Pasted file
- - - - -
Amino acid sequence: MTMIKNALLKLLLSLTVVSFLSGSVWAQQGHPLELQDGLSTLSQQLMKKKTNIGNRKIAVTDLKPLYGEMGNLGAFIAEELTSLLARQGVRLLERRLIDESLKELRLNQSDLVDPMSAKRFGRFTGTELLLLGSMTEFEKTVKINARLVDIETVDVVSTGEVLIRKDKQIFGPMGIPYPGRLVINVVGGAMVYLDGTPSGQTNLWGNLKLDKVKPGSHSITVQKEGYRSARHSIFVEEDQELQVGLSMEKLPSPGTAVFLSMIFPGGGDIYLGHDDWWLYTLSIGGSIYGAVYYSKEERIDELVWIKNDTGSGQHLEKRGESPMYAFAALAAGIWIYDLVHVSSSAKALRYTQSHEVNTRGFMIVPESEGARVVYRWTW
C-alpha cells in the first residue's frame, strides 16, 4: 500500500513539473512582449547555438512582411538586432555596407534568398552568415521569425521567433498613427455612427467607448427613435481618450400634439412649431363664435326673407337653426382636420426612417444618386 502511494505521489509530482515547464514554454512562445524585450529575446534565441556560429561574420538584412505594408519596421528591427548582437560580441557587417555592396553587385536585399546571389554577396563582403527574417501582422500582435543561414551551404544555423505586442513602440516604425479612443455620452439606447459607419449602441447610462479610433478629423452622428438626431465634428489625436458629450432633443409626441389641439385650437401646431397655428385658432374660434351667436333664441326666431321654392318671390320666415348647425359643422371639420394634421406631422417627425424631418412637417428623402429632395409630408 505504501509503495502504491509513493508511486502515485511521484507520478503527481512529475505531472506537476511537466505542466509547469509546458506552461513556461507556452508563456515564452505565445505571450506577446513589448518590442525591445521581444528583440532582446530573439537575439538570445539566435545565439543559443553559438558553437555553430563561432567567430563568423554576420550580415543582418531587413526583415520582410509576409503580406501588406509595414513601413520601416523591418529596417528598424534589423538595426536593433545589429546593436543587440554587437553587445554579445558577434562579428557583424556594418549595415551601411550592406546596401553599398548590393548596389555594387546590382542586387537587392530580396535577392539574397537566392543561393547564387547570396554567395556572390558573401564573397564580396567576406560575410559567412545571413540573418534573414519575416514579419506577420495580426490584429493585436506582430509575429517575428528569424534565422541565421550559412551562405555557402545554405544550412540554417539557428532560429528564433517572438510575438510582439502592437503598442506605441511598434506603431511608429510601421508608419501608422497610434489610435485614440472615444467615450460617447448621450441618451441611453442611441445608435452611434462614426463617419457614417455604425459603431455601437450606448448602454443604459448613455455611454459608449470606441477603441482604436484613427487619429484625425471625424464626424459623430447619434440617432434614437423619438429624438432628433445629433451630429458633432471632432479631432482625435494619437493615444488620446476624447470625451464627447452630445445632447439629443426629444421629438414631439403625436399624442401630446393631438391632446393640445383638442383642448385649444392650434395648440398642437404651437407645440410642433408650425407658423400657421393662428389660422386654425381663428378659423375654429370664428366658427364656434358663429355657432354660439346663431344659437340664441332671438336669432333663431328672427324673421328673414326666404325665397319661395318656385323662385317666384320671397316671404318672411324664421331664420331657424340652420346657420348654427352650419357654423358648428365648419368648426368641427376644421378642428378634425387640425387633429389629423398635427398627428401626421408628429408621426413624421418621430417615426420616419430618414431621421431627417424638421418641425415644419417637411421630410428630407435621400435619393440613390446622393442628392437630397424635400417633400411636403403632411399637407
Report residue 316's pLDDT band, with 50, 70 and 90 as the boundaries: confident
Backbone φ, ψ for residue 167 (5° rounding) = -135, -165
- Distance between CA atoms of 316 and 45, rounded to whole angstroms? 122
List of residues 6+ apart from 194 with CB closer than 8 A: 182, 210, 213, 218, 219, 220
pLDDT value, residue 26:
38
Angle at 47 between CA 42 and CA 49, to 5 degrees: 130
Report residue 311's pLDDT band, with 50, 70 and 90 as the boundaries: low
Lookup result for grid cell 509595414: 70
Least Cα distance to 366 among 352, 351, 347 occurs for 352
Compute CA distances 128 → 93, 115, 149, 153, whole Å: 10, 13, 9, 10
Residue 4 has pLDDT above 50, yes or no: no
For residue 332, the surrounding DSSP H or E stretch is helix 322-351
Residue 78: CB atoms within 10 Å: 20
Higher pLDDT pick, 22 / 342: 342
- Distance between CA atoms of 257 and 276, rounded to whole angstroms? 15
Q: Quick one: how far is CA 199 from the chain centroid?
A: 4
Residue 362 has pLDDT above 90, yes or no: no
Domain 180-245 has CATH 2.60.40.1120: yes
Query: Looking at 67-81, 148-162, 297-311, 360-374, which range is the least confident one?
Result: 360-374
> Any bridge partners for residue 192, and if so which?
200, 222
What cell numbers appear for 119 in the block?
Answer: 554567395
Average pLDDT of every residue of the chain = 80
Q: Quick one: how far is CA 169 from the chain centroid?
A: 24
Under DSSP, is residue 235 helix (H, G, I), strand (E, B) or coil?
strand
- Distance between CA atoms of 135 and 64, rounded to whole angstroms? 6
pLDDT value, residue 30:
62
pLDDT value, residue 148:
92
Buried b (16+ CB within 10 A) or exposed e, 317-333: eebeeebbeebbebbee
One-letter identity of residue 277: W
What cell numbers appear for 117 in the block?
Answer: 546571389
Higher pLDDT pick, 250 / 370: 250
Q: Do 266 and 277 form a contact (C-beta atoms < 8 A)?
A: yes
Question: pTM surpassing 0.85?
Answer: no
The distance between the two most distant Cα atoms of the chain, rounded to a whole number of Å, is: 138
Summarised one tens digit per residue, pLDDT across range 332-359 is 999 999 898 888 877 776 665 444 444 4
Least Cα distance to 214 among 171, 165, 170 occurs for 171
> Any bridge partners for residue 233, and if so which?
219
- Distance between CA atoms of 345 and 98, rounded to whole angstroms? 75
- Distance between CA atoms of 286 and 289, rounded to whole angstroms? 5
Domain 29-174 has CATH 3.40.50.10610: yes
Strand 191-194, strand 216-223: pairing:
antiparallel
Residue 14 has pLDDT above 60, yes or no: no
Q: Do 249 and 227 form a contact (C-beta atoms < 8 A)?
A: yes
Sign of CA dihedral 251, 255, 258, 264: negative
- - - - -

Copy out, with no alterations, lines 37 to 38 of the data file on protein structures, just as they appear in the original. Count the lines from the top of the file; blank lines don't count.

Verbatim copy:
pLDDT value, residue 148:
92